• Study Café Album on Spotify has been my go-to album every time I want to focus. If that fails, the real café ambient noise from Coffitivity does the job.
  • I have started writing frequently now. The simpler writing workflow with WordPress is helping.
  • Need to get the backup solution for posts (probably in WordPress) addressed.
  • Focus on deciding on the format, the frequency and the tone of the newsletter.
  • Where would my blog go next? Or will it stay here? It would most probably not be WordPress
  • I want a better writing interface. Or maybe not? Why do I want to create something perfect myself?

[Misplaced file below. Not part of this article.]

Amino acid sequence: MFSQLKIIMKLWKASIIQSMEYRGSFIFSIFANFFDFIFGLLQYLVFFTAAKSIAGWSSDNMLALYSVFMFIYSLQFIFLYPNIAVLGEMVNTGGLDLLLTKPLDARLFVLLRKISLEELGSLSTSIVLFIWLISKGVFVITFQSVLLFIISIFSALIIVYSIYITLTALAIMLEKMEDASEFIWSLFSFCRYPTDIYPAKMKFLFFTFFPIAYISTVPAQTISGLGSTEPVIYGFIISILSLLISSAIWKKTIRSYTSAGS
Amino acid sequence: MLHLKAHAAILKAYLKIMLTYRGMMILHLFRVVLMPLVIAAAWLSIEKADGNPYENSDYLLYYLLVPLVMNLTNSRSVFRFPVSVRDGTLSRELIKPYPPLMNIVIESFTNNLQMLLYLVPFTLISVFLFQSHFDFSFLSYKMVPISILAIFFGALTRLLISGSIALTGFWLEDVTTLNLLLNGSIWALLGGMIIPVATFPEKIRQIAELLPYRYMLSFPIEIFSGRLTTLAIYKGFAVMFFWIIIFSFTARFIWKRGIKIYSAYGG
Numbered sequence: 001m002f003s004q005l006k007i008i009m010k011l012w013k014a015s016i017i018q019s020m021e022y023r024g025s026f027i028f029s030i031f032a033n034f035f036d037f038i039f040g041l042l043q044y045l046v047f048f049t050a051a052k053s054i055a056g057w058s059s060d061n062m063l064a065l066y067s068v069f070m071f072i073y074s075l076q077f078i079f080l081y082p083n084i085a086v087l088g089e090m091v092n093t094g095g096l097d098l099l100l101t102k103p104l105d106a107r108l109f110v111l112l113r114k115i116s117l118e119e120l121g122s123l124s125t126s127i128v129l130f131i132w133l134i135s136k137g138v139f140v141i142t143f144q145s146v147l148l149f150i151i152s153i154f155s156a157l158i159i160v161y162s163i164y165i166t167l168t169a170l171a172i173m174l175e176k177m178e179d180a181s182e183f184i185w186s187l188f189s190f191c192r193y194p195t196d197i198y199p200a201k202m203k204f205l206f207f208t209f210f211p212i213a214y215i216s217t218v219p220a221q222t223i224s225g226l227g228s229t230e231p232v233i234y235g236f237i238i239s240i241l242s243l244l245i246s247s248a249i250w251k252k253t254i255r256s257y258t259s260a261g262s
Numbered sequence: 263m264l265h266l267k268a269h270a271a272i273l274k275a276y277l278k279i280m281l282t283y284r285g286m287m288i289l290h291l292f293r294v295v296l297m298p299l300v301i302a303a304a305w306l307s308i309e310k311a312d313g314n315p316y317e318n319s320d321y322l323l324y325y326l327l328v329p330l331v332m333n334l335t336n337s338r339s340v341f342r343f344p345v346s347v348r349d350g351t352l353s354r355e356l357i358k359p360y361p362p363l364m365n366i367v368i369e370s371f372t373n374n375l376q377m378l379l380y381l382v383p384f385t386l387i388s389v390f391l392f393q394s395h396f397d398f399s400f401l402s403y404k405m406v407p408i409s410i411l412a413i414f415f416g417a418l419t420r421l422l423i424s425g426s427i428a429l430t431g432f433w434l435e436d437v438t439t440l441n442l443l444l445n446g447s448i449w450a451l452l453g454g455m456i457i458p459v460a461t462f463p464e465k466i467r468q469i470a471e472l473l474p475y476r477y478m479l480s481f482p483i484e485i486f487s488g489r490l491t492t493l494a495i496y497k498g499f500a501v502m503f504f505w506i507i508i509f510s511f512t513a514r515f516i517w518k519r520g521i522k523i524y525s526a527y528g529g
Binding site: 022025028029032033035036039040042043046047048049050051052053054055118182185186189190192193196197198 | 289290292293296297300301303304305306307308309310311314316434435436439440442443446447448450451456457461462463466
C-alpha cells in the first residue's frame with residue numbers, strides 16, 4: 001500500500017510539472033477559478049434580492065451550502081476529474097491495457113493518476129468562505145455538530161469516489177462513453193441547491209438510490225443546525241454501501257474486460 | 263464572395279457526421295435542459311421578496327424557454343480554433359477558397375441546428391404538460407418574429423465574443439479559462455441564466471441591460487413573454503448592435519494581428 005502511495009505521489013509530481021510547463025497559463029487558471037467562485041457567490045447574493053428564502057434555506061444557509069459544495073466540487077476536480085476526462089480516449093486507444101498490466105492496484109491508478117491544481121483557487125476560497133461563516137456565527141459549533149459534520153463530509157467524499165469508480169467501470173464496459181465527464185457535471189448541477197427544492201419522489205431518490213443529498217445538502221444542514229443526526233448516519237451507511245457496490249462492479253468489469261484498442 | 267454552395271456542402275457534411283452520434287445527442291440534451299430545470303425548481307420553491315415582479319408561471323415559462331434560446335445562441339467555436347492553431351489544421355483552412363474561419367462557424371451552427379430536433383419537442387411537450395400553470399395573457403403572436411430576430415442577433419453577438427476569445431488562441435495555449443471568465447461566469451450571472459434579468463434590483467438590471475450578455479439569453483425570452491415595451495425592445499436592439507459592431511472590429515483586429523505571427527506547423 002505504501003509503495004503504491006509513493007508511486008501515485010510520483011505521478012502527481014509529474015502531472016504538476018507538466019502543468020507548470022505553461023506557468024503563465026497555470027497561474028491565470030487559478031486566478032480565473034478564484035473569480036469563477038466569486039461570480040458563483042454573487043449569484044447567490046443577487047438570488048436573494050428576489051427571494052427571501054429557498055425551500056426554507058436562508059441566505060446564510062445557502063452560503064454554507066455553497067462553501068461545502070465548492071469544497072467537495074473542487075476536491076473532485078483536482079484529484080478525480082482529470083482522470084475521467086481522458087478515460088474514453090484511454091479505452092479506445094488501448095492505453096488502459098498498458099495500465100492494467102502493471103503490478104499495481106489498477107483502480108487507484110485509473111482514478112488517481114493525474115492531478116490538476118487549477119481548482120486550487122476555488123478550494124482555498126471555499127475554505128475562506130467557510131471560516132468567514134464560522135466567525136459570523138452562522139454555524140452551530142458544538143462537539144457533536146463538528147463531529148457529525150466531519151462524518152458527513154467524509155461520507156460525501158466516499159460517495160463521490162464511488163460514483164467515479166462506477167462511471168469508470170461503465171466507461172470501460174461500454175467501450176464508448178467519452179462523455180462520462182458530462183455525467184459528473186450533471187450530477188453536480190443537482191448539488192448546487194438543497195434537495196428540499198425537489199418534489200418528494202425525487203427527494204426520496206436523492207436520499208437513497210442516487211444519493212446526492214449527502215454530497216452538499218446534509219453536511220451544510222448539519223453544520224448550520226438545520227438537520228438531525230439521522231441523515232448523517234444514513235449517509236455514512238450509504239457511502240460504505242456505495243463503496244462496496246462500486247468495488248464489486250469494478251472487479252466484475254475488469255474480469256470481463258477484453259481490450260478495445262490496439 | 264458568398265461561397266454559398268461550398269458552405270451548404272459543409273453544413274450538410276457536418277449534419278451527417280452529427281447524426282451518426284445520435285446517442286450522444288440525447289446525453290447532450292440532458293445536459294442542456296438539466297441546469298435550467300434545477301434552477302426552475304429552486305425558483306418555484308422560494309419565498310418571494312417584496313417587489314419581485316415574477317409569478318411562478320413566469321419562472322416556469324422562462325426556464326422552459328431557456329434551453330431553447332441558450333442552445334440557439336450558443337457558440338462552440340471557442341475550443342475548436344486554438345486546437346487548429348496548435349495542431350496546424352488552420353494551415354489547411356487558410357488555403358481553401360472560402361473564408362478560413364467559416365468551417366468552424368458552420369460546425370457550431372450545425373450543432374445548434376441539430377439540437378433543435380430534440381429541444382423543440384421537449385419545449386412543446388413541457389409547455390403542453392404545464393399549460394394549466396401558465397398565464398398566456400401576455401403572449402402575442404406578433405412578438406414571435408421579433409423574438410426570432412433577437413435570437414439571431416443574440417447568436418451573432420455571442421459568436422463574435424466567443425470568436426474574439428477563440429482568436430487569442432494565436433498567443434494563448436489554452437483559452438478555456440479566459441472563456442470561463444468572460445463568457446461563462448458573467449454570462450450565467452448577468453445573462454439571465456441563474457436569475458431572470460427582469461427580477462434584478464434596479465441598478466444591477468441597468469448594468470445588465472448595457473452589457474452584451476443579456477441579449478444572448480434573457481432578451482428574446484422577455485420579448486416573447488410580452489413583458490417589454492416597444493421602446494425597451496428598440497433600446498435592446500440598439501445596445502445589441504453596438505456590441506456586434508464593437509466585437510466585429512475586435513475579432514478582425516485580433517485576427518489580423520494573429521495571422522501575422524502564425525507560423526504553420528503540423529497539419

• Need to get to the improvements planned for Wall.
  • Read. Read. Read. Write. Write. Write.
  • I need to finish the couple of books I had started reading in the last month
  • Implement a micropub client. Get anything working. Without UI. Dropped the idea
  • Getting used to the new normal.
  • Write about and share details about Wall. Feedback and issues.
  • Get IndieLogin working – just been too long now
  • Get distracted with the side projects, again. IndieWeb’s done.
  • Start reading and writing again
  • Stop procrastinating items from must-do list
  • Fix issue with webmentions from
  • Send webmentions to target on replies/likes
  • Support for updates in blotpub
  • Decision on upcoming nearby travel
  • Handle crossposting to Twitter and Mastodon for longer posts
  • Style webmentions section to my liking. It is too bloated in the current form
  • Start \now page to be updated regularly
  • Consolidate all my online content onto a single place (most probably blot)
  • Move old content from Hugo to archive (a Hugo site)
  • Change stuff around